Shane's R2 Build Log

Middle Ankle Wedges and Cylinders

Middle Ankle: Wedges

The middle ankle only has wedges and cylinders. And depending on which reference photo you look at, even the wedges can be considered optional. I did, however, opt for wedges on mine.

Most aluminum cylinder/wedge combos are hollowed out, with the wedge screwed straight into the cylinder. Resin parts, however, are pretty solid and there's no good way (apart from gluing) to attach the wedge directly to the cylinder. So I opted for attaching the wedge to the ankle instead.

I decided to mount the wedges first and then mount the cylinders relative to those.

Using a ruler, I carefully positioned the wedges in the center of the ankle and then traced the edges with a pencil. Then I marked off the center point and drilled a small hole at first (3/32"). I repositioned the wedge and used a thumb tack from inside the ankle to mark off a drill location on the wedge.

I redrilled out the hole in the ankle using a 3/16" bit. I then measured a drill location on the wedge as a sanity check that my thumb tack location was reasonable. I drilled and tapped the wedge for a 10-24 bolt. The wedges have an awkward shape. So to get a nice level, I actually positioned a pair of them together within my vice (although, I only drilled one at a time). I taped off my drill bit to ensure I didn't drill too far.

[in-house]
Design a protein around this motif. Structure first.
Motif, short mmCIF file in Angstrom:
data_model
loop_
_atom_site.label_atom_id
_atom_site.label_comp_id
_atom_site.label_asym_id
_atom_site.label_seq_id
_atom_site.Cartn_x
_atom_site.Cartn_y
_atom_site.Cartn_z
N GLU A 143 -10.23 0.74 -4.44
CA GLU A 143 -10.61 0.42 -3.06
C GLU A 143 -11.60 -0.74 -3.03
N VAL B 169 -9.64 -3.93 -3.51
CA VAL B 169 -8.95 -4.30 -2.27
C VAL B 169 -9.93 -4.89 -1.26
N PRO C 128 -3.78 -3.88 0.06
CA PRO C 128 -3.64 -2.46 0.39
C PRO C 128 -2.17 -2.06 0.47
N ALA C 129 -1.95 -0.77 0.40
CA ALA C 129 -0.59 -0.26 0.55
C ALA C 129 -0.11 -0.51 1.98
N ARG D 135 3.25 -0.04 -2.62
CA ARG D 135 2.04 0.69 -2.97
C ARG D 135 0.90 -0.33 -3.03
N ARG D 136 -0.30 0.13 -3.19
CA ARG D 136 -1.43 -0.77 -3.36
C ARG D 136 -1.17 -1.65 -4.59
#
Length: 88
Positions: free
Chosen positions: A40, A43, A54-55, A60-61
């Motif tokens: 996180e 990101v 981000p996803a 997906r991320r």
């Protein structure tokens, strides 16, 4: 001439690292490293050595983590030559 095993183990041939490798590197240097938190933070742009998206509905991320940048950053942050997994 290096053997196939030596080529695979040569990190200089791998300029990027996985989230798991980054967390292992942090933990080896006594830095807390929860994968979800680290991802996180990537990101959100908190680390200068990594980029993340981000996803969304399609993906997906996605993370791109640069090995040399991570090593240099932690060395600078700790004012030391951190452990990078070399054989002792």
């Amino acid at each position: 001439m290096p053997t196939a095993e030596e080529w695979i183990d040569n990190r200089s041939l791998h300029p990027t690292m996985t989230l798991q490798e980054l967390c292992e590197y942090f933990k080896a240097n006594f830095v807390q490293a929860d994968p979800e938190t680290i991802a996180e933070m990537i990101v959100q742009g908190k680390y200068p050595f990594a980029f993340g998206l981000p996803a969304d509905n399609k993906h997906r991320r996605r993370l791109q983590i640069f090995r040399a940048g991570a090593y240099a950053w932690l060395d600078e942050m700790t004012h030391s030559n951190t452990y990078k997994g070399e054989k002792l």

I then attached them to the ankle using a 10-24 1/2" bolt. The bolt was a bit too long, so I used a nut as a spacer.

Middle Ankle: Cylinders

The ankle cylinders required a little bit of prep work. On the back side of each cylinder were two large stumps from where the resin was poured in.

Per Keith Henry's recommendation, I grabbed a hacksaw blade, wrapped some masking tape around it as a makeshift handle, and then went to town cutting the stumps off as flush as I could. It only took a few minutes. After that, I used some 100 grit sandpaper to remove whatever trace of the stumps were left.

To determine the drill locations on the ankle cylinder, I used the straight edge of a piece of paper to mark out where the holes are on the ankles relative to the wedge. The cylinder holes in the ankles are pre-drilled 2" apart horizontally. But there's some flexibility in the vertical axis. I measured and used a drill punch to mark the drill locations on the ankle cylinder.

I then placed the cylinder in a vice. I made sure everything was level and then drilled out holes using a 9/64" drill bit. These were then tapped for 10-24 bolts.

I removed the wedge to install the cylinder because, well, it's easier that way. Installing the cylinders on the Worr middle ankle is a challenge because there's no finger room. I used some 10-24 hex bolts for this because there's no way to get a Phillips, flathead, or Allen wrench (even the stubbys) down in there.

The two tools I used to attach the bolts were a 5/16" ratcheting wrench from Husky (bought at Lowe's) and a tiny 5/16" open end wrench from Moody. Both exercised my patience. But they got the job done.

Once the cylinders were installed, I reinstalled the wedges.